|« December 10, 1918 Nancy||Image from Photo Section 2 »|
Well here we are, at another new field. We moved here on Friday, that is the officers and planes did. The rest of the squadron came on Saturday.
We are at a place called Belrain, 15 kilometers N.E. of Bar-le-Duc. We have the best flying field since we left Luxeuil. There are 3 squadrons here, 90, 99, & 104. The enlisted men all live at the field and the officers of 90 and 99 live out there. We of 104 are billetted in the village of Belrain, about one kilometer from the field. So far things aren’t really settled yet, but I expect we will be quite comfortable.
We, of course, know nothing of how long we will be here, but I sure hope it won’t be more than a month or so, for I want to go back to the States. However, that will all come in due course, for there can’t be much to keep up over here at the rate things are being settled.
Yesterday I received the copies of Colliers with the first four Letters from the Air. That fellow was with the French, either at schools or with a squadron when he wrote that dope and their censorship rules are practically nil. You may have noticed that none of those letters was written from Cazaux where he was under American control.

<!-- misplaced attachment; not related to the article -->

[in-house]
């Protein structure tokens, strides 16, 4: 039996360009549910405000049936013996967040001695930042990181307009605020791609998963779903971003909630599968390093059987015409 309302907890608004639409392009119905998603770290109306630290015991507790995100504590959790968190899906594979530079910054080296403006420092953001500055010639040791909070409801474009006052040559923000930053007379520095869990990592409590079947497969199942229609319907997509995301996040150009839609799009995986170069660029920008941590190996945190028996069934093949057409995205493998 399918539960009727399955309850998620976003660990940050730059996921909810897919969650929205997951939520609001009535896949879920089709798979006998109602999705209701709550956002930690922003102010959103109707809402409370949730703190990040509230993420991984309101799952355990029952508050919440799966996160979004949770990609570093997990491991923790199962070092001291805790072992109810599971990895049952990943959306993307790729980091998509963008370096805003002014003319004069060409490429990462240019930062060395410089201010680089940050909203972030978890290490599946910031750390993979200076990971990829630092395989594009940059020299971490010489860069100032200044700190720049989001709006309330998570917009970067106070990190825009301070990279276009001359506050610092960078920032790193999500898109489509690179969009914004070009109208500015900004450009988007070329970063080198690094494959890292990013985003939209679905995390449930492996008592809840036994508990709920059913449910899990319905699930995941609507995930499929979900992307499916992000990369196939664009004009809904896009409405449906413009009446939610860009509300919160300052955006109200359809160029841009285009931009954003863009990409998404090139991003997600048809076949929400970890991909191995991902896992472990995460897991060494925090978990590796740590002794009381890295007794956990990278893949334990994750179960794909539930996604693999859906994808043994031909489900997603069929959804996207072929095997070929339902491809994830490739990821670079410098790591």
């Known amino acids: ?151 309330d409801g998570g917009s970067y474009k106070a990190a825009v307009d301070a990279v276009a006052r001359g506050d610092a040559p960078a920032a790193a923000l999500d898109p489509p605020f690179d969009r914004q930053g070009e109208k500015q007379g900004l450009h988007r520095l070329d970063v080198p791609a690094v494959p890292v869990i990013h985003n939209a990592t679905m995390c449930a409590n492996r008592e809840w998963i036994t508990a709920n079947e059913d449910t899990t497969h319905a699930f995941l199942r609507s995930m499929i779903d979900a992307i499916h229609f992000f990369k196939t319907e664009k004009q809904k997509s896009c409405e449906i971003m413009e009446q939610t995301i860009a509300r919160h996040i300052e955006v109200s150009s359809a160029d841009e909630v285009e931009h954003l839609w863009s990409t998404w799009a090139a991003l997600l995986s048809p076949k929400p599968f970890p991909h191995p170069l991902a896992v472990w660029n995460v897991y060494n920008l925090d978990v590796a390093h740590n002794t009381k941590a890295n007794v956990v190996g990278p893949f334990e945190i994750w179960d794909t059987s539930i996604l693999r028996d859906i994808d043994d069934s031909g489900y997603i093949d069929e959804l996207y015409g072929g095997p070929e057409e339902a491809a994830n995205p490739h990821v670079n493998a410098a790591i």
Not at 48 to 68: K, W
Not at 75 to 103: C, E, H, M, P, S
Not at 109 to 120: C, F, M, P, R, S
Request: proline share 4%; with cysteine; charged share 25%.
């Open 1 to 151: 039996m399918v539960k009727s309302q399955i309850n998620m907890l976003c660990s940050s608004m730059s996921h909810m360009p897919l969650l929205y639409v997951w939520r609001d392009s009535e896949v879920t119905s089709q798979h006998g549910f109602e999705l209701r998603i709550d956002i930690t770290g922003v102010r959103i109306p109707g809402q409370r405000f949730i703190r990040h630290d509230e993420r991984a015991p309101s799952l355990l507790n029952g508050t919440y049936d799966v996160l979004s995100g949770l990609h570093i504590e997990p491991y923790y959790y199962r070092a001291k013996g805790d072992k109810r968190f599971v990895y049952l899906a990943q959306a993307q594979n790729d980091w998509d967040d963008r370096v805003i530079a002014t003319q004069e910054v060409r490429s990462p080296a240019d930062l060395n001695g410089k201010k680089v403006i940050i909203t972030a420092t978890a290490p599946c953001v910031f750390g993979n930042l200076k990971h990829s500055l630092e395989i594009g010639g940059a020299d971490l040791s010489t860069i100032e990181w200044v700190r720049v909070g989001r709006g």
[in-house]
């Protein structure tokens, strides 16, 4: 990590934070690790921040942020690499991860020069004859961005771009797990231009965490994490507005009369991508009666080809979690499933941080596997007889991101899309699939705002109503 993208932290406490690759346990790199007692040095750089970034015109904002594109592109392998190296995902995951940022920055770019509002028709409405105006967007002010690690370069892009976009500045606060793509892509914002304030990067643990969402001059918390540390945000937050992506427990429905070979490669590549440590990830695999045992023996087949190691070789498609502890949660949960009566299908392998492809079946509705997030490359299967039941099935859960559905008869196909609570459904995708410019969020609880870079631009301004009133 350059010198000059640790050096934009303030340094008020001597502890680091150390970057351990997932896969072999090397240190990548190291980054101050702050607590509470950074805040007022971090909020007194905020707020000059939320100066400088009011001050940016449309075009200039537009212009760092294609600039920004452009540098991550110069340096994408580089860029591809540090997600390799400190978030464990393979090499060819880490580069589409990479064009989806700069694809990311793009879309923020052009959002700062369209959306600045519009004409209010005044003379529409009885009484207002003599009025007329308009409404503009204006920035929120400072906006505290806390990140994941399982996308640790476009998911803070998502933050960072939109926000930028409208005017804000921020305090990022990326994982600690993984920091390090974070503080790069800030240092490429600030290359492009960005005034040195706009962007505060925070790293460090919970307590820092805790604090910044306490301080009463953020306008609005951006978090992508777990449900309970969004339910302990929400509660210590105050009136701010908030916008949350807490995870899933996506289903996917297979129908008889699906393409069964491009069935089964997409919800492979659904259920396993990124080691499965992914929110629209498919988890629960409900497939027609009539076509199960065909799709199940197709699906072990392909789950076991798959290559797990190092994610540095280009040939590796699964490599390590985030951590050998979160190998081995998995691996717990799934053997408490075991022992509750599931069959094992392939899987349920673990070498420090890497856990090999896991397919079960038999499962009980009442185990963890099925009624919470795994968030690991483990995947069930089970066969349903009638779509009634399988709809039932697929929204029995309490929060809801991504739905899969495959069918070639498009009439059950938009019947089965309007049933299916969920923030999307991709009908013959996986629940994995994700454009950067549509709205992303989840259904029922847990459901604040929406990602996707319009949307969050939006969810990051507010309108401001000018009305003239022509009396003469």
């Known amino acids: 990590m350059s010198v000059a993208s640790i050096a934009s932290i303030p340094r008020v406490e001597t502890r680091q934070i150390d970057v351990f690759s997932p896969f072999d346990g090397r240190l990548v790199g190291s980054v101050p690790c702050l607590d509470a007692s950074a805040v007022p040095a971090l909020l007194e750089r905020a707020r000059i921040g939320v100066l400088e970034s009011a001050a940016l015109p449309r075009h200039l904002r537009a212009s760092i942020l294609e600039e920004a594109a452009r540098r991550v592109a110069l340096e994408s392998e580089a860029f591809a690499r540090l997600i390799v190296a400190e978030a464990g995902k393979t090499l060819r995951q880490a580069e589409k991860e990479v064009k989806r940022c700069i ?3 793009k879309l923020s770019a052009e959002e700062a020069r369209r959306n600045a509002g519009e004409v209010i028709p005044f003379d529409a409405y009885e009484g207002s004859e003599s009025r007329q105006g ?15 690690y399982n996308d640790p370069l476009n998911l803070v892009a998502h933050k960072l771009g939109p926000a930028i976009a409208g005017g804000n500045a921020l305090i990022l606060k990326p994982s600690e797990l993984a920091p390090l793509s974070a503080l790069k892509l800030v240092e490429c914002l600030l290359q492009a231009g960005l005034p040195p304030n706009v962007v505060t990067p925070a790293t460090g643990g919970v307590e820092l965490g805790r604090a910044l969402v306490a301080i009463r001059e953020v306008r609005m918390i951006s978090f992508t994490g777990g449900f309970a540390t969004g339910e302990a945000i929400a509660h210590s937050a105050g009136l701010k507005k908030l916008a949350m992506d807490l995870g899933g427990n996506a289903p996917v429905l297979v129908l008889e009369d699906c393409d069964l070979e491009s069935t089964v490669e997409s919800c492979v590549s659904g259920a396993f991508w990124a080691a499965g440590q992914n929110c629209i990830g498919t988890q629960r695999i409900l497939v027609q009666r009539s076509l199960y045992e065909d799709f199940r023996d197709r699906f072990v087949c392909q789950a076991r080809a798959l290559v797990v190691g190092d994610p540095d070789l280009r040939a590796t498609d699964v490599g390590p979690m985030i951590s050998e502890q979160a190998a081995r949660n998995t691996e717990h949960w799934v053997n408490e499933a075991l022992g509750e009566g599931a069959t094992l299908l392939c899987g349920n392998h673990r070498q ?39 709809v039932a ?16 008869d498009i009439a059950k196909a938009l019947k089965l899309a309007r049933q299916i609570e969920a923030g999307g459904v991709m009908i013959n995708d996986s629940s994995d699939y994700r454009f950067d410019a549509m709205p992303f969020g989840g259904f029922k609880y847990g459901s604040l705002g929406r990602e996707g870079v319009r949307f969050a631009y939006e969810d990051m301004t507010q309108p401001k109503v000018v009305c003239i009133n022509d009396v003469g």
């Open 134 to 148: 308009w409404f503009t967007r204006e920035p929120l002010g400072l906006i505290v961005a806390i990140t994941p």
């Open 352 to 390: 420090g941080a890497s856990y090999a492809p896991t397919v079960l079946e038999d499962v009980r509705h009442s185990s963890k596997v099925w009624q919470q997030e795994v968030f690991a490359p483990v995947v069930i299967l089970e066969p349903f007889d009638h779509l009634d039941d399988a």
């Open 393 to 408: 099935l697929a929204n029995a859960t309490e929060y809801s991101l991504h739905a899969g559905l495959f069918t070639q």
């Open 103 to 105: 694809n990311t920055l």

I also received the Citizens from Oct. 14 to 19.
By the way I have received official credit for the Boche I brought down on November 10th.
Have been pretty busy lately, getting things lined up, and we are not all set yet.
Am well and fit. Hope you are all O.K.
Love to all,
104th Aero Squadron,
Mortimer's latest letter home seeks to update his parents on his current whereabouts and overall status now that Armistice has gone into effect. However, as Mortimer points out, he--like thousands of other American soldiers--are largely unsure of their role in Europe now that the conflict is at an end. For more on the peace process and Armistice, and the American role in Europe, click here.